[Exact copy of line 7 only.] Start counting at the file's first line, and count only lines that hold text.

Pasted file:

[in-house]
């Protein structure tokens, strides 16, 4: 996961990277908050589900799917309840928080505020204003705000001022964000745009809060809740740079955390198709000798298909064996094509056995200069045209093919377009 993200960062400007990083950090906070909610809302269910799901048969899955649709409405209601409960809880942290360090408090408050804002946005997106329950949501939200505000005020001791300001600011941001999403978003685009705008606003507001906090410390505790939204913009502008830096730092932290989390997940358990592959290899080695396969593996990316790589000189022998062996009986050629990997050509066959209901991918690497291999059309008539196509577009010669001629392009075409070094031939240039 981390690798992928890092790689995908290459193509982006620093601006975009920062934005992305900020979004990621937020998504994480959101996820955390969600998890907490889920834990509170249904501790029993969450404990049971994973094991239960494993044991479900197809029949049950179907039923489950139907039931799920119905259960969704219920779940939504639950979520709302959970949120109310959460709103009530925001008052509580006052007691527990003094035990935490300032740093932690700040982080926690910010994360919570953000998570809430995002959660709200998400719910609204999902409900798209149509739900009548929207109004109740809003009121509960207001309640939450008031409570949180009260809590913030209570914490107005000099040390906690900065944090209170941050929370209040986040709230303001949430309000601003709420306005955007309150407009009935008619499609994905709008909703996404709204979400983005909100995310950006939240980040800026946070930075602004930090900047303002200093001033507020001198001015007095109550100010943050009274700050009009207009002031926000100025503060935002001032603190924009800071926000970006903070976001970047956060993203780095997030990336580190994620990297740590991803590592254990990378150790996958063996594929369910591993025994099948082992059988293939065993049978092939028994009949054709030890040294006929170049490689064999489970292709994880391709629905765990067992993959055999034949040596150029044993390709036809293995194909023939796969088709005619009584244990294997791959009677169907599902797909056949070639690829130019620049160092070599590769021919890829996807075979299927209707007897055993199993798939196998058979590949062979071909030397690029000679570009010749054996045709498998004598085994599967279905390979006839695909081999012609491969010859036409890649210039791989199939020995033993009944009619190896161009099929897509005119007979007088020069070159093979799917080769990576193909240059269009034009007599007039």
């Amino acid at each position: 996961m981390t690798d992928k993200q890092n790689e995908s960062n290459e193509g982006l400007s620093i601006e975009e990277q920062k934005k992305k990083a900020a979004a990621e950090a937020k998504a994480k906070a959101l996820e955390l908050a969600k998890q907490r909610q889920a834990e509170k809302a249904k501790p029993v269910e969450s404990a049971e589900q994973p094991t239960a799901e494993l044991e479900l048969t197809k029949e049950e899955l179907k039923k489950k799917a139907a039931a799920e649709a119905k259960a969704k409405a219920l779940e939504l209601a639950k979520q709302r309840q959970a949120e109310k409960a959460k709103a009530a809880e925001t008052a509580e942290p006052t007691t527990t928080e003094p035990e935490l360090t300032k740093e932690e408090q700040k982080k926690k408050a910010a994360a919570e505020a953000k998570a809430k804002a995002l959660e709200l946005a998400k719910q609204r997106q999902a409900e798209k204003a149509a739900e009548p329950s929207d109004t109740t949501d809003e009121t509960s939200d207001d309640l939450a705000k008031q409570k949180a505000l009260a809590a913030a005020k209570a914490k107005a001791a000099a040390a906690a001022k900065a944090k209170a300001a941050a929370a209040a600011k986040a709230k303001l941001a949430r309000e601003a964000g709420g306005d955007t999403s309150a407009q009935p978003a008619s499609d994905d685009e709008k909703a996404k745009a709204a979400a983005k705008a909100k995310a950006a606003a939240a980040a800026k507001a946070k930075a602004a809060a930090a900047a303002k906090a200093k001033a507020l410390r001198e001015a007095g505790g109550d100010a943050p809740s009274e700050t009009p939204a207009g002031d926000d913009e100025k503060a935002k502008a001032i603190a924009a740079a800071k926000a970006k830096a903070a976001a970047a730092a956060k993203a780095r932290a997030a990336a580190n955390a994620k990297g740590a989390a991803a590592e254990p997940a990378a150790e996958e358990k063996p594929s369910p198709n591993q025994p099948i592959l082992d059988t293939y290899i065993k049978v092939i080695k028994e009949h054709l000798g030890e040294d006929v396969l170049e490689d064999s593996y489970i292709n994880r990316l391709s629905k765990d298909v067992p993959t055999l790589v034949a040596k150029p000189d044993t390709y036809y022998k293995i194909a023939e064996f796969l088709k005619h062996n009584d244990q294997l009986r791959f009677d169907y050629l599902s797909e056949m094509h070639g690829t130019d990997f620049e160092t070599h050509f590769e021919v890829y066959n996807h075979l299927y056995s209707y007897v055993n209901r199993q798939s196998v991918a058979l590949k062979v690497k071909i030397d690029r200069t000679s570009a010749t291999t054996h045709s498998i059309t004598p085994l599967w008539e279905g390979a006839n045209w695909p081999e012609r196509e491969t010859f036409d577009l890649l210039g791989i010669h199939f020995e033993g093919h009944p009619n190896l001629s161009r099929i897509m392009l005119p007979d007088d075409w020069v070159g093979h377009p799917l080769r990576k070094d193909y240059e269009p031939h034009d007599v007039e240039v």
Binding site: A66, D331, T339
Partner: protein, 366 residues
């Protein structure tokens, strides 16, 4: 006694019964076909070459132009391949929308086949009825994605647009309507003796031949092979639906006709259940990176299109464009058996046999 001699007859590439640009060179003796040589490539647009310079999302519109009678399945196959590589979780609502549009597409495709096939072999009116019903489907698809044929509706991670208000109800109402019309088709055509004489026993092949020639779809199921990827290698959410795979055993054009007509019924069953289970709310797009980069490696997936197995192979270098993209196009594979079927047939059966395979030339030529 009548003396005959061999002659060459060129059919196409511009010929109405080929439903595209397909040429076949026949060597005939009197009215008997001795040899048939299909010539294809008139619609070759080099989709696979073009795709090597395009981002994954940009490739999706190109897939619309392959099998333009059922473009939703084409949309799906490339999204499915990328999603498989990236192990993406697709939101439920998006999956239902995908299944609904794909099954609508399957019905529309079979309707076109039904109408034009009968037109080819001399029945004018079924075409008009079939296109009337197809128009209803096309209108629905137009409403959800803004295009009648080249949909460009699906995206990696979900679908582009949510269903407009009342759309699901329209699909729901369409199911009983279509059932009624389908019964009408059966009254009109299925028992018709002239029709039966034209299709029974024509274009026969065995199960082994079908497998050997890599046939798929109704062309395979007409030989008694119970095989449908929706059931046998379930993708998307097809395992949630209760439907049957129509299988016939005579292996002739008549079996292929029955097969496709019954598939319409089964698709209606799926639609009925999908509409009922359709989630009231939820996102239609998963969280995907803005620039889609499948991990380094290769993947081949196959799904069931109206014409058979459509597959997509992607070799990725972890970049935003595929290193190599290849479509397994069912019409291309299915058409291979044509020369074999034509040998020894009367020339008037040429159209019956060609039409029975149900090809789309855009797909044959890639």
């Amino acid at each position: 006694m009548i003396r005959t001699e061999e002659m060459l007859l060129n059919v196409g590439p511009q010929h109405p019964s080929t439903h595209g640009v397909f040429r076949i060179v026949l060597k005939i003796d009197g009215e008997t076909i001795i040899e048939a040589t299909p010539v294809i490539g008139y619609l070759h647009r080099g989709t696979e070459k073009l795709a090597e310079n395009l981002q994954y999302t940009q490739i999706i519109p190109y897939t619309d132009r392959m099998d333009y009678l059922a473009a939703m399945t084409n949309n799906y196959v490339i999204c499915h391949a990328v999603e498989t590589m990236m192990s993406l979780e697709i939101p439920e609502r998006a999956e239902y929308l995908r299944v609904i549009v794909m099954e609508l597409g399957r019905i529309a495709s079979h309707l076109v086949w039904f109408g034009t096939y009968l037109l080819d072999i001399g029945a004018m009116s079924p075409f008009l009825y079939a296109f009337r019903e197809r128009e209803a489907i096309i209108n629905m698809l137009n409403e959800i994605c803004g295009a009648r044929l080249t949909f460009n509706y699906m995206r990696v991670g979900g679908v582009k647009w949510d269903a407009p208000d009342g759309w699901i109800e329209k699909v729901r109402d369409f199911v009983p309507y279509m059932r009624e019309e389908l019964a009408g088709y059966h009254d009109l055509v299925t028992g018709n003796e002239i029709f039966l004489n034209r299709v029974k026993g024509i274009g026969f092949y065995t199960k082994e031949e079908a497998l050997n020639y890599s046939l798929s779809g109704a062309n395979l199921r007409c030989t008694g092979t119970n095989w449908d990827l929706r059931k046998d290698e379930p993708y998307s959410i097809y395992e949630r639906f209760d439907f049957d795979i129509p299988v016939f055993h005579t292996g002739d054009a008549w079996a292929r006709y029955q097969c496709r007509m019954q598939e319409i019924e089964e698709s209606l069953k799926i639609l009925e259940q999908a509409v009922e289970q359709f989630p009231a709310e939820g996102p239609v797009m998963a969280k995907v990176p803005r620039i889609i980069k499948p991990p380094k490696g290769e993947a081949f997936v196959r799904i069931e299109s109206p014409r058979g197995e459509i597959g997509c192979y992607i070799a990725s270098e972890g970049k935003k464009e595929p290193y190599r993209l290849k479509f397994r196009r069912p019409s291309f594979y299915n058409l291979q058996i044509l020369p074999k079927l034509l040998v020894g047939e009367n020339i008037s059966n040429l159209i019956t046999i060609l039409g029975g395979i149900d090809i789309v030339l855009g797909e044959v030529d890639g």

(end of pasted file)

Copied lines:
């Amino acid at each position: 006694m009548i003396r005959t001699e061999e002659m060459l007859l060129n059919v196409g590439p511009q010929h109405p019964s080929t439903h595209g640009v397909f040429r076949i060179v026949l060597k005939i003796d009197g009215e008997t076909i001795i040899e048939a040589t299909p010539v294809i490539g008139y619609l070759h647009r080099g989709t696979e070459k073009l795709a090597e310079n395009l981002q994954y999302t940009q490739i999706i519109p190109y897939t619309d132009r392959m099998d333009y009678l059922a473009a939703m399945t084409n949309n799906y196959v490339i999204c499915h391949a990328v999603e498989t590589m990236m192990s993406l979780e697709i939101p439920e609502r998006a999956e239902y929308l995908r299944v609904i549009v794909m099954e609508l597409g399957r019905i529309a495709s079979h309707l076109v086949w039904f109408g034009t096939y009968l037109l080819d072999i001399g029945a004018m009116s079924p075409f008009l009825y079939a296109f009337r019903e197809r128009e209803a489907i096309i209108n629905m698809l137009n409403e959800i994605c803004g295009a009648r044929l080249t949909f460009n509706y699906m995206r990696v991670g979900g679908v582009k647009w949510d269903a407009p208000d009342g759309w699901i109800e329209k699909v729901r109402d369409f199911v009983p309507y279509m059932r009624e019309e389908l019964a009408g088709y059966h009254d009109l055509v299925t028992g018709n003796e002239i029709f039966l004489n034209r299709v029974k026993g024509i274009g026969f092949y065995t199960k082994e031949e079908a497998l050997n020639y890599s046939l798929s779809g109704a062309n395979l199921r007409c030989t008694g092979t119970n095989w449908d990827l929706r059931k046998d290698e379930p993708y998307s959410i097809y395992e949630r639906f209760d439907f049957d795979i129509p299988v016939f055993h005579t292996g002739d054009a008549w079996a292929r006709y029955q097969c496709r007509m019954q598939e319409i019924e089964e698709s209606l069953k799926i639609l009925e259940q999908a509409v009922e289970q359709f989630p009231a709310e939820g996102p239609v797009m998963a969280k995907v990176p803005r620039i889609i980069k499948p991990p380094k490696g290769e993947a081949f997936v196959r799904i069931e299109s109206p014409r058979g197995e459509i597959g997509c192979y992607i070799a990725s270098e972890g970049k935003k464009e595929p290193y190599r993209l290849k479509f397994r196009r069912p019409s291309f594979y299915n058409l291979q058996i044509l020369p074999k079927l034509l040998v020894g047939e009367n020339i008037s059966n040429l159209i019956t046999i060609l039409g029975g395979i149900d090809i789309v030339l855009g797909e044959v030529d890639g």